This is my record of leadership.
I first became active in the Suburban Maryland Chapter of the Washington Psychiatric Society in 1975, leading an effort that improved the state Medicaid payment for office psychiatric treatment 500 percent. Next, I led the effort that nearly doubled the payment required by our state’s parity law. Graduating to the district-branch level, I led the battle to enact a parity law in D.C., one that remains the best in the nation, far superior to the bill that recently passed the Senate. While president of the WPS in 1985, the first for-profit mental health carveout company was started. I had our attorney warn the company not to defeat the purpose of parity and was threatened with a lawsuit. I then wrote the very first action paper on managed care in the Assembly while still a DB president.
During my 16 years in the Assembly, I have served as an Area representative and as chairman of the ad hoc Assembly Committee on Managed Care. Working with Larry Sack, we formed the Private Practice Caucus. We gained passage of an action paper calling for the establishment of the Committee on Psychotherapy. I was one of the initial members appointed to that component. I served as chair of the Council on Economic Affairs, helped Steve Mirin to form the Council on Quality Improvement, and have served on that council and on its Committee on Quality Indicators. As APA’s representative to the URAC Standards Committee, I was the first physician elected its chair.
At Suburban Hospital in Bethesda, I serve as medical director for psychiatry. Our hospital achieved the highest JCAHO rating in the area. Having become boarded in geriatric psychiatry, I helped found and have served as medical director of our county’s only geropsychiatric program that recently achieved a three-year CARF certification.
Reestablishing the Relevance of the Assembly
Many in the Assembly perceive it as a group that is under attack and losing its relevance to APA. If elected, I will lead a renaissance of our role in governance. I will focus on our leadership in retaining current members and recruiting new ones, in reversing the defunding of our treatment services, and in protecting the quality of the services delivered to the public.
Retaining Loyalty Through Fairness in Appointments
The Assembly is the incubator of leaders for the Association. A review of the statistics demonstrates that our major challenge in the striking reduction in our membership lies with recruitment and retention of early career psychiatrists and from competition with subspecialty associations. If an influential, active psychiatrist becomes frustrated because he or she finds himself or herself unable to make his or her views heard, because he or she is unwilling to wait 20 years for a major appointment, that psychiatrist is going to find a more receptive home in a subspecialty group and take his or her friends along. What ought to count in the appointments process should not be who you know or how long you’ve known them, but what you know. If I am elected, I will follow this principle.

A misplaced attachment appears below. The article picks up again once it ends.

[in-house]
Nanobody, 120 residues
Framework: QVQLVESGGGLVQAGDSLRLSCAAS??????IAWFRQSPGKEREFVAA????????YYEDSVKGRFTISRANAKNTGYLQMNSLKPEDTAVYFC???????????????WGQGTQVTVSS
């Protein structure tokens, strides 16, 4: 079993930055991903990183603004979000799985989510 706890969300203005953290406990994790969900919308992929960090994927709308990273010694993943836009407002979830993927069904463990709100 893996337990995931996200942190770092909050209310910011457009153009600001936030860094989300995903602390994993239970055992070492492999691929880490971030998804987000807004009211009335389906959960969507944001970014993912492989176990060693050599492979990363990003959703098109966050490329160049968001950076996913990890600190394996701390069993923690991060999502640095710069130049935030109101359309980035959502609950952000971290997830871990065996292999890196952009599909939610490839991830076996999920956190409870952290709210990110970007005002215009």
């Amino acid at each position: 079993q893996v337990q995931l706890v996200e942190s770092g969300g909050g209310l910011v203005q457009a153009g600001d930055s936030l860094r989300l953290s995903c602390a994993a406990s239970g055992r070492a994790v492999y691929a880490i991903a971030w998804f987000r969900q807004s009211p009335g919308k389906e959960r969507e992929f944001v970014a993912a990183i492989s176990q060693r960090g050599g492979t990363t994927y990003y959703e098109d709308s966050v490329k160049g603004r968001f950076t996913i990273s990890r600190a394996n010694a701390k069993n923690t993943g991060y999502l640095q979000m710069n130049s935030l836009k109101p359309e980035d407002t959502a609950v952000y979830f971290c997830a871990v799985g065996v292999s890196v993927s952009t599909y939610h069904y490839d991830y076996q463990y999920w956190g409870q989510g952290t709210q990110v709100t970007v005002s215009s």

Getting Our Hand Back on the Financial Tiller
As medical director of our local hospital’s Behavioral Health Service, I successfully negotiated a two-thirds reduction in the frequency of reviews required for the approval of partial hospital treatment and a nearly three times increase in the number of days initially approved for substance use rehabilitation. Our administrative director and I took advantage of a situation in which a major managed care company was being threatened with the loss of a major contract. We created the leverage that made our negotiation a success. We must deal with these folk with toughness, savvy, and persistence. My election will strengthen the Assembly’s leadership team and improve the Assembly’s influence on private sector issues. But I also understand the vital importance of the public sector and work on APA’s Work Group on Financing the Treatment of Chronic Mental Illness to improve funding. And I am not so foolish as to think that, ultimately, this nation’s system of employer-owned health care insurance should survive. That’s why I am working to develop a medical savings account proposal that will be acceptable to both political parties; assist low-income, retired, and disabled people; as well as help provide for the financial security of contributors. The earnings from the investment of health care insurance dollars belong to those who pay for the insurance!
Those of us in the Assembly are closest to the grass roots. In our nation, licensing professionals and defining their scope of practice are duties of our states and vary from state to state. It is our responsibility to make this our most important quality-of-care issue on the DB level. We must tell our legislators and our medical colleagues that the medications we use can be just as dangerous, even lethal, as any others used in medicine. We must lead our DBs toward an even more active involvement with state medical associations. Any professional seeking to prescribe medications should demonstrate competence in the basic medical sciences, as we already do. We must point out that psychologists with prescribing privileges are no more likely to leave Santa Fe and Albuquerque and move to Truth or Consequences, N.M., and to their counterparts in other states than were psychologists without them.